Post-traumatic stress disorder was often referred to as battle fatigue and was brought to the forefront by veterans who went through traumatic events during a war. This is a mental health problem that can happen after experiencing a life-threatening events in combat, a natural disaster, a car accident, or sexual assault, the National Center for PTSD reported. If you know someone suffering from the disorder, it can be a scary time for all involved. Any event can trigger night terrors, depression, anxiety and people may feel they are walking on eggshells with loved ones. The symptoms are not for the faint-hearted and can last more than a few months. Some signs to look for are avoiding events, depression, irritability and aggression. You can help by offering support, by listening, by being encouraging and by rebuilding trust. Here are 6 ways to help someone suffering with PTSD.
There will be changes in your loved one that you simply can’t control, but you can offer support. People with PTSD will withdrawal and you can help them by continuing routines that have nothing to do with the disorder. Introduce them to hobbies and other people. Take them to a painting class, exercise class and set time up weekly to have lunch dates. Let them take the lead as it is important for them to move at their own pace. They might turn your suggestions down. Just roll with it for now, even when you feel that help is being rejected.
Open Up Communication
Your loved one will want to talk when they are ready. They will want to talk about the same thing repeatedly as well. The process is all part of the healing journey and having an active listener will help them explore their feelings, thoughts and it will help them find peace. Being dismissive and agitated because you heard the same event rehashed over again will make them feel they can’t trust you. You will need to have a ton of patience with them. It is understandable if you need to take a break. Take a walk if you feel that it is needed to clear your own head, so you can help them again.
Have a Plan
Ask your loved one what triggers their anxiety or flashbacks. Both of you can come up with a plan on how to tackle it. Common triggers can be smells, crowds, sounds, locations, dates or certain sensations all can start an episode of PTSD. When it happens tell them that they are having a flashback and that the trauma is not happening again. Share with them that they have control. Encourage them to breathe deeply. Remind them of their “current surroundings, encourage them breathe deeply, and always ask before you make any physical contact,” Lotsa Helping Hands offered. Having a joint plan will prepare you for the future and for the unexpected.
Professional help is a must for the recovery process. Looking into treatment is viewed as a weakness from many sufferers. List the positives of seeking treatment like receiving relief from depression, anxiety, confusion, shame or guilt. There are 3 types of therapy that is commonly used for PTSD. Family therapy, trauma-focused cognitive-behavioral therapy (replacing distorted thoughts with healthy ones) and medication to treat secondary symptoms like depression. When you start looking for a therapist, try to find one who specializes in PTSD or someone who can direct you to a specialist. Call your family doctor for a recommendation or call your insurance company for a list of providers.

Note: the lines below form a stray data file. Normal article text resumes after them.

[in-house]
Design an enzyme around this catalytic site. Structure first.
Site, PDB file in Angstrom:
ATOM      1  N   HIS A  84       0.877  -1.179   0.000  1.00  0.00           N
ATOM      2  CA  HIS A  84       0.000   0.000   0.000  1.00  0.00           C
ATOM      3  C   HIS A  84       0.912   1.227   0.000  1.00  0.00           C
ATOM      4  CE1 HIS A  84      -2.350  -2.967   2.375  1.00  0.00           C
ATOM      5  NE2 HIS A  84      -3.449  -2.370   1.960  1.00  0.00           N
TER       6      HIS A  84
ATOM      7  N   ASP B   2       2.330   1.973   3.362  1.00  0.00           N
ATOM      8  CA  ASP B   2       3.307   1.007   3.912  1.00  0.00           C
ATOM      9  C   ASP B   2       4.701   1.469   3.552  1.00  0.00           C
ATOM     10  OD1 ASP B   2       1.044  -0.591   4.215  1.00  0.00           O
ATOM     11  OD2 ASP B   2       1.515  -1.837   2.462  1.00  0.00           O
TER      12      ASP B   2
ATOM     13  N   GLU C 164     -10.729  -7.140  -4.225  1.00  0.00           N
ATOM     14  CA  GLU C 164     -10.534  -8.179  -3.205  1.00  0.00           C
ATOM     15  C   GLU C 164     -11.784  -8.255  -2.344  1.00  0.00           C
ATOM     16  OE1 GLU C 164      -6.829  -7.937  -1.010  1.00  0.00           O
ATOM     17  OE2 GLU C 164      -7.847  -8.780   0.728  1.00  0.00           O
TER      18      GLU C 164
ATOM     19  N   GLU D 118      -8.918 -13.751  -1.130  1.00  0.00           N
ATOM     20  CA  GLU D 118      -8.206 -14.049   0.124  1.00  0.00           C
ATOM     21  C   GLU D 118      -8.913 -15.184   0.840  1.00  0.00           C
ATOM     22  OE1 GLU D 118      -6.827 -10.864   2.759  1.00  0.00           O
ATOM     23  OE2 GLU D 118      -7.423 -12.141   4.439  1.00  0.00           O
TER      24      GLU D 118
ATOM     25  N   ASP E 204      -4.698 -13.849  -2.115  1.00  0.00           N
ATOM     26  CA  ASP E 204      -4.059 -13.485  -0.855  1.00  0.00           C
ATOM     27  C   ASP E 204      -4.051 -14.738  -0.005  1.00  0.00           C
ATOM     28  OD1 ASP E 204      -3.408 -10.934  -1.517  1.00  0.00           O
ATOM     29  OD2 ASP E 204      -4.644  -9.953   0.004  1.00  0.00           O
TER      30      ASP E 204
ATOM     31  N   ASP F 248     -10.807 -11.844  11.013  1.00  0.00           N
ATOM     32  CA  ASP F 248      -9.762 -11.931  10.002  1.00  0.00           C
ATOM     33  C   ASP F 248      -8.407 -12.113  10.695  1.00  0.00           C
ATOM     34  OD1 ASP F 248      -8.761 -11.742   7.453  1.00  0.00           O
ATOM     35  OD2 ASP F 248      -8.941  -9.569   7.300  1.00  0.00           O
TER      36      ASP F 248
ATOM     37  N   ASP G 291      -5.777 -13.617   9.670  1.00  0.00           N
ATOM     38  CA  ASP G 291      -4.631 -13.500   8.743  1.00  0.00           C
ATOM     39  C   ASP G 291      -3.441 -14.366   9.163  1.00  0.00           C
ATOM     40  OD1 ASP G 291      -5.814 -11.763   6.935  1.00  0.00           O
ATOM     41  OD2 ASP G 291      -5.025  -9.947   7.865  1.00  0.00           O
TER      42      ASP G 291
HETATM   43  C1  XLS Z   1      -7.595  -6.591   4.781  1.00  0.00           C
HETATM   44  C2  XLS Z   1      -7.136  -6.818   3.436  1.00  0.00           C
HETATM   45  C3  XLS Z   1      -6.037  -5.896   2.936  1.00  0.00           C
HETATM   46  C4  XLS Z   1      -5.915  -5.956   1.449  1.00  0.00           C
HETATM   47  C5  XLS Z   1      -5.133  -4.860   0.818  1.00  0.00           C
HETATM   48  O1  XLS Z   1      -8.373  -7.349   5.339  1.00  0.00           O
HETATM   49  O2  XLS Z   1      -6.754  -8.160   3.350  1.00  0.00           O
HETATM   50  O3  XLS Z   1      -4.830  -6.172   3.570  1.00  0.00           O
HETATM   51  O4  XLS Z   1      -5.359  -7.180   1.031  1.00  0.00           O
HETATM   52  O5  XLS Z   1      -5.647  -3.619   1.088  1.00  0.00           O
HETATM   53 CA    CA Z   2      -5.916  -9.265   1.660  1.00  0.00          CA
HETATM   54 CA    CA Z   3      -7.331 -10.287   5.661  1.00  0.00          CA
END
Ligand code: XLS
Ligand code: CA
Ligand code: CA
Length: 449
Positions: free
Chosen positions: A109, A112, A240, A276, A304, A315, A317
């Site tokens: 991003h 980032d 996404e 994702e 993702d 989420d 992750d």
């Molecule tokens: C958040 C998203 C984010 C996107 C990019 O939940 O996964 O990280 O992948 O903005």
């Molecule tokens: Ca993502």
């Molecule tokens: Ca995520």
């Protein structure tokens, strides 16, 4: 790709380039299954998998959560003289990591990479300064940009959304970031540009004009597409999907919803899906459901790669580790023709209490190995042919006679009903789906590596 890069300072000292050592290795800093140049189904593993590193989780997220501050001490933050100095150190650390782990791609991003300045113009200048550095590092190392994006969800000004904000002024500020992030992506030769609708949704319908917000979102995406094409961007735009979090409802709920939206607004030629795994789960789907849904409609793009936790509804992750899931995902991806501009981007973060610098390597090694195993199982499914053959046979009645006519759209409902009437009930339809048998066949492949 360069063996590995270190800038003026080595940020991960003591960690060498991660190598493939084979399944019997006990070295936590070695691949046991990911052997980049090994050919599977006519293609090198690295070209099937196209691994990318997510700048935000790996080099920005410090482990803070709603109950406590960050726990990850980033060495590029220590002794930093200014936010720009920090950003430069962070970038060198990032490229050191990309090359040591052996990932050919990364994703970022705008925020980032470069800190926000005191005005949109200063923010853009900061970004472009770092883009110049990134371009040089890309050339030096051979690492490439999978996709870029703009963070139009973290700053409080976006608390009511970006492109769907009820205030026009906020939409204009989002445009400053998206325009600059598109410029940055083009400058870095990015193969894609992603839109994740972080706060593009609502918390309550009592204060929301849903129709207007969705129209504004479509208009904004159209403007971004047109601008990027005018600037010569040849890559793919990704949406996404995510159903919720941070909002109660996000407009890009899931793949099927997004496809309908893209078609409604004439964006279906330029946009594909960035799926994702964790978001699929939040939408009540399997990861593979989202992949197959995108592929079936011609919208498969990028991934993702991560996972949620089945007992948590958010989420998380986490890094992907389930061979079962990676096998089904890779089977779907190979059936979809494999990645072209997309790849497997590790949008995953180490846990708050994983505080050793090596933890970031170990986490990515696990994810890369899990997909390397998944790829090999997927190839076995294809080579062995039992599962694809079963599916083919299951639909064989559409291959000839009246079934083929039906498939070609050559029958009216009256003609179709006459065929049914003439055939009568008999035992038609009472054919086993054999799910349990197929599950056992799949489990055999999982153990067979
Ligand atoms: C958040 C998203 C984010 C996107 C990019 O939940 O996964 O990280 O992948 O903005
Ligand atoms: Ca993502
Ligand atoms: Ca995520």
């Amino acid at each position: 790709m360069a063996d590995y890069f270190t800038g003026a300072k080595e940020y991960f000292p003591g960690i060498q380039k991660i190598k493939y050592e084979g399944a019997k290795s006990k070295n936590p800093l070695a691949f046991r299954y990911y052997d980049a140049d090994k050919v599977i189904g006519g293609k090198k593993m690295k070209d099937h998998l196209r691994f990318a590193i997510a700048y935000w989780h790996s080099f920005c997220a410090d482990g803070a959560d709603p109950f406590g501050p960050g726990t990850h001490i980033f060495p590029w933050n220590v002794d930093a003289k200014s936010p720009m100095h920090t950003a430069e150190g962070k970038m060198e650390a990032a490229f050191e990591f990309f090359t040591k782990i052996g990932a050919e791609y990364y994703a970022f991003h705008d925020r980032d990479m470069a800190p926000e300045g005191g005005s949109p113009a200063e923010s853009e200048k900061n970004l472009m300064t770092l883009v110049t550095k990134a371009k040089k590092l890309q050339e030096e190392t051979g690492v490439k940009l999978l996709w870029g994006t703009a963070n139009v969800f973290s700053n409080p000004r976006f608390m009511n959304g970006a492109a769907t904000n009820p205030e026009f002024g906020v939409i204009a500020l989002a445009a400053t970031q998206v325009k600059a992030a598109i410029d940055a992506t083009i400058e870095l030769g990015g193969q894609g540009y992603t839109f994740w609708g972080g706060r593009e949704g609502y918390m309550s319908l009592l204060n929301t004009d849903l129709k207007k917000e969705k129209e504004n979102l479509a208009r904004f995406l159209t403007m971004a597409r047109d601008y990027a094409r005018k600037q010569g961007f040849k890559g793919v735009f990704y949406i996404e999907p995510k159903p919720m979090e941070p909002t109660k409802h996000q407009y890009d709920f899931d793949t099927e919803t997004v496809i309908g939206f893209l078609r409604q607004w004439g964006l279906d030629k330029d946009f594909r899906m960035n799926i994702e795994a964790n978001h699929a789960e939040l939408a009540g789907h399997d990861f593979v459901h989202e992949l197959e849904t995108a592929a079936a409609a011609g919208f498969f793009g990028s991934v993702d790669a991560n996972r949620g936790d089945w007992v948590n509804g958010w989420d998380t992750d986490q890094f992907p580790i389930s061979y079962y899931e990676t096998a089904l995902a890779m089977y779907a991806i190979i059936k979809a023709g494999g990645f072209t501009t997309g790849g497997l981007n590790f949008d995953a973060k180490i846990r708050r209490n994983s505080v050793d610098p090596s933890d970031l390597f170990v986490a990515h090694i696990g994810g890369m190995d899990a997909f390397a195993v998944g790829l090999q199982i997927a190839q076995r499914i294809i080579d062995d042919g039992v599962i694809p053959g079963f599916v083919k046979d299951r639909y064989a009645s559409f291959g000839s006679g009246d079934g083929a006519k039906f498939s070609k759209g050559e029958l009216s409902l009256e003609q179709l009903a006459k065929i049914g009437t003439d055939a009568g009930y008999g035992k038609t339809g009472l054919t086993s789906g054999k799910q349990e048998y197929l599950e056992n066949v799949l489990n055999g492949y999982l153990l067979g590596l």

You need to remain calm when emotional outbursts come and remember they are never predictable. Don’t crowd the person as this can threaten them even more. This will prevent the situation from escalating. Ask them to try relaxing techniques like breathing, exercise, listening to music or praying. You can remind them that they are in the present and not in the past. Ask them how you can help them cope. If none of this works you might have to walk away if you feel unsafe. Call someone to come over to support you if there’s an imminent threat.
Know Your Limits
You need to know your own limits. Dealing with someone with PTSD is draining emotionally, physically and spiritually. You may need to find support in a group or seek counseling for yourself. With the constant exposure to their pain and stories you can be impacted and are at risk for PTSD. Caregivers of veterans may experience isolation, stress, depression, depletion and may overall see a decline in their well-being. Take care of yourself by eating healthy and asking for help when you need it. You don’t want to experience burnout which may include feeling blue, feeling irritable, feeling resentful, feeling hopeless and feeling helpless.
Written by Corine Gatti